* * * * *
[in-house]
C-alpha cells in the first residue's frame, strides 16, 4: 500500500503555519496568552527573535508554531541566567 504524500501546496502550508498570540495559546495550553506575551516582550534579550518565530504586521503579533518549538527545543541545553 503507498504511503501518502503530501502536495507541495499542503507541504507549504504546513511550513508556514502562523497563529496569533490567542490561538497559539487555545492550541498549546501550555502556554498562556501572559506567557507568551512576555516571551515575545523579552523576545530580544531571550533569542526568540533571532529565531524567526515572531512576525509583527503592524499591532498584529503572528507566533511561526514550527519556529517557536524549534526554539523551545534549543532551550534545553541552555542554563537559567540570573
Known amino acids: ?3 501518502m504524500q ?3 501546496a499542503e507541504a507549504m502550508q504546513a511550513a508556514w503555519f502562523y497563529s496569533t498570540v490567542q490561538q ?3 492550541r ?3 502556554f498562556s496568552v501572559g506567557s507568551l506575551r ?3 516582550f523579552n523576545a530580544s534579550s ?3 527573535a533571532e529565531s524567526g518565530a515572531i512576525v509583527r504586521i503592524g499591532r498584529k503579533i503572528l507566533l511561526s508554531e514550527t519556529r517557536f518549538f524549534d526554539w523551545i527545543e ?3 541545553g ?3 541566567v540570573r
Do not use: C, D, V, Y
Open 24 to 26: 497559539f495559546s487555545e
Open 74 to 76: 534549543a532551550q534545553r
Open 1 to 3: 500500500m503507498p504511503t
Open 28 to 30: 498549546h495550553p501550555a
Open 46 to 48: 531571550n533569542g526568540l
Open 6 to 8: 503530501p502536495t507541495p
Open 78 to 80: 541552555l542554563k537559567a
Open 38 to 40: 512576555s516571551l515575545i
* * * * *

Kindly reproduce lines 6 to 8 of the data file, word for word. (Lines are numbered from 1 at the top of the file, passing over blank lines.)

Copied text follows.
Open 74 to 76: 534549543a532551550q534545553r
Open 1 to 3: 500500500m503507498p504511503t
Open 28 to 30: 498549546h495550553p501550555a